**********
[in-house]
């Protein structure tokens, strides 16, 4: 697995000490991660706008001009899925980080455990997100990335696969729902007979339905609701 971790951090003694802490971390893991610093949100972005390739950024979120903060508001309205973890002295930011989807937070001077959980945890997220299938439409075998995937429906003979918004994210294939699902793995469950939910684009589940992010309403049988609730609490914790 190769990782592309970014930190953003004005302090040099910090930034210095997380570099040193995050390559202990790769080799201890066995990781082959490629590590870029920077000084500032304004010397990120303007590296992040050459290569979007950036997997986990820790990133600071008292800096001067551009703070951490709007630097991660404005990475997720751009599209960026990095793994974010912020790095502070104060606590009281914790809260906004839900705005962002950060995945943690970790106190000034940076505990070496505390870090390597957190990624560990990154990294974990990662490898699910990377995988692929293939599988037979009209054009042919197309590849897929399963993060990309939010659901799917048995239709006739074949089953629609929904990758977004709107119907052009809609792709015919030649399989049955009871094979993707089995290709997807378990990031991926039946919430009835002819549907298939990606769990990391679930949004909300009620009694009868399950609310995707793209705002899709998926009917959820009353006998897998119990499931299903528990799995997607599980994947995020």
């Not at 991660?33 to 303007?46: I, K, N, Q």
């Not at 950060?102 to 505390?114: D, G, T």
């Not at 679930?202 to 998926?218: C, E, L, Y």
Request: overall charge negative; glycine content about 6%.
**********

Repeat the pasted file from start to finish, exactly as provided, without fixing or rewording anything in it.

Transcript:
[in-house]
């Protein structure tokens, strides 16, 4: 697995000490991660706008001009899925980080455990997100990335696969729902007979339905609701 971790951090003694802490971390893991610093949100972005390739950024979120903060508001309205973890002295930011989807937070001077959980945890997220299938439409075998995937429906003979918004994210294939699902793995469950939910684009589940992010309403049988609730609490914790 190769990782592309970014930190953003004005302090040099910090930034210095997380570099040193995050390559202990790769080799201890066995990781082959490629590590870029920077000084500032304004010397990120303007590296992040050459290569979007950036997997986990820790990133600071008292800096001067551009703070951490709007630097991660404005990475997720751009599209960026990095793994974010912020790095502070104060606590009281914790809260906004839900705005962002950060995945943690970790106190000034940076505990070496505390870090390597957190990624560990990154990294974990990662490898699910990377995988692929293939599988037979009209054009042919197309590849897929399963993060990309939010659901799917048995239709006739074949089953629609929904990758977004709107119907052009809609792709015919030649399989049955009871094979993707089995290709997807378990990031991926039946919430009835002819549907298939990606769990990391679930949004909300009620009694009868399950609310995707793209705002899709998926009917959820009353006998897998119990499931299903528990799995997607599980994947995020």
């Not at 991660?33 to 303007?46: I, K, N, Q």
């Not at 950060?102 to 505390?114: D, G, T």
């Not at 679930?202 to 998926?218: C, E, L, Y």
Request: overall charge negative; glycine content about 6%.